More than a dozen large-scale works by Dan Ramirez bring sorely needed color to this Chicago winter. Increasingly recognized as an American master as well as a hometown treasure, Ramirez was long an influential teacher at the University of Illinois at Chicago and at the University of Wisconsin-Madison. These new pieces were not seen in his 2016 retrospective at the National Museum of Mexican Art.
Ramirez’s art builds on stark contrasts—color against monotone, geometric versus rounded forms, metallic surfaces adjacent to wood—combined in fugal counterpoint. Recalling the paintings of Barnett Newman, one of his inspirations, Ramirez’s elegant forms are decidedly vertical. They are not just pretty, however; the pictorial strategies in his pictures challenge the conventions of illusionism altogether. For instance, he paints the corners of flat planes folded over like a dog-eared page to reveal a surface of a different color on the illusionary verso. His flawless gradation of tones conjures pictorial distance and the suggestion of skies and horizons. In several pictures a floating sphere lends volume and compositional balance. All these formal considerations act in the service of larger ideas—about perception, purpose and artistic meaning itself. As Josef Albers once said, “Abstraction is real, probably more real than nature.”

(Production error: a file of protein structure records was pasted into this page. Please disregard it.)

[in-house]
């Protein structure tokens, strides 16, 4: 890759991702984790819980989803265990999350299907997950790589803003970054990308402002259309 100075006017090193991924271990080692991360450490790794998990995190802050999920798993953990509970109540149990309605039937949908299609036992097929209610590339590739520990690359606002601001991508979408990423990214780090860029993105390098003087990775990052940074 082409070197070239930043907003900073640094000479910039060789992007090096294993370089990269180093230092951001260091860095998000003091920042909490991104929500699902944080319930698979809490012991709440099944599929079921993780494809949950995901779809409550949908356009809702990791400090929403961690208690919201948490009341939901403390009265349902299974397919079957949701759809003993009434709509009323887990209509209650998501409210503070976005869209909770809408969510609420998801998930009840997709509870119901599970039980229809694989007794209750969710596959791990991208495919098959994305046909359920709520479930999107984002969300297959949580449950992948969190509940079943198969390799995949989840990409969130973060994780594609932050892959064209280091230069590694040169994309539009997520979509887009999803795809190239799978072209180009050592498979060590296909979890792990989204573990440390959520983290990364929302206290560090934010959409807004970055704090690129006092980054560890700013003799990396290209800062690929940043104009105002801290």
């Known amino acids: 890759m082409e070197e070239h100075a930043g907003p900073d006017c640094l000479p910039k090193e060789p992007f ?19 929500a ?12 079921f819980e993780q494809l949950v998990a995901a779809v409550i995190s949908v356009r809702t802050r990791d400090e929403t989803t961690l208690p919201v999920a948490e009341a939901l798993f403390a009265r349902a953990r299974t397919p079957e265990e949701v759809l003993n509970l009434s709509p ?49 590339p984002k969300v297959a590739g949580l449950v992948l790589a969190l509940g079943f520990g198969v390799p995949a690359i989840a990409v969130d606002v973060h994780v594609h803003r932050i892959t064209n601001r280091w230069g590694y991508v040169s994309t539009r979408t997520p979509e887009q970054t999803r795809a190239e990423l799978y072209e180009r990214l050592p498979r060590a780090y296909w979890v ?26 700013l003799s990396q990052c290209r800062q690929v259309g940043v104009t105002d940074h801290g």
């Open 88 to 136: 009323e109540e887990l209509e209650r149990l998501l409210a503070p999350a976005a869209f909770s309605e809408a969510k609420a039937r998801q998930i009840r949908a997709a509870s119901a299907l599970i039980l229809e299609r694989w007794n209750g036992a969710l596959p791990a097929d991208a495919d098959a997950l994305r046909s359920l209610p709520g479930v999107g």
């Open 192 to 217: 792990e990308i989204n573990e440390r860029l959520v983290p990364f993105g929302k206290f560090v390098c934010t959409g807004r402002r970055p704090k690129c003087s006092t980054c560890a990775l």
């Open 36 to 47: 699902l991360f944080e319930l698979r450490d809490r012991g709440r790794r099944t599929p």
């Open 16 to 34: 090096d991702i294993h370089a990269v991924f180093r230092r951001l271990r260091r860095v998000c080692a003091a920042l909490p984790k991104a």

Ramirez is also a wizard with materials, his works revealing the precision of a skilled carpenter and graphic artist. His use of micaceous iron oxide in some paintings makes them shimmer, and a large-scale digital print is heat infused on aluminum. In the ravishing “Aletheia II-W,” he pairs two panels of contrasting birchwood grain. The striking “Aletheia: Kosmik Kathedral,” a painting on shaped aluminum, reveals the artist’s deep inspiration from architecture. Altogether, Ramirez is that rare type creative—a master craftsman and a heady conceptualist.
Aletheia is the ancient Greek personification of truth and sincerity. Speaking in a challenging abstract vocabulary, Ramirez has succeeded in saying something profoundly genuine, even relevant. His artworks may not be as explicit as a protest poster, but the care and humanity he imbues them with is most welcome in this present of careless inhumanity. (Mark Pohlad)
Through February 4 at Zolla/Lieberman Gallery, 325 West Huron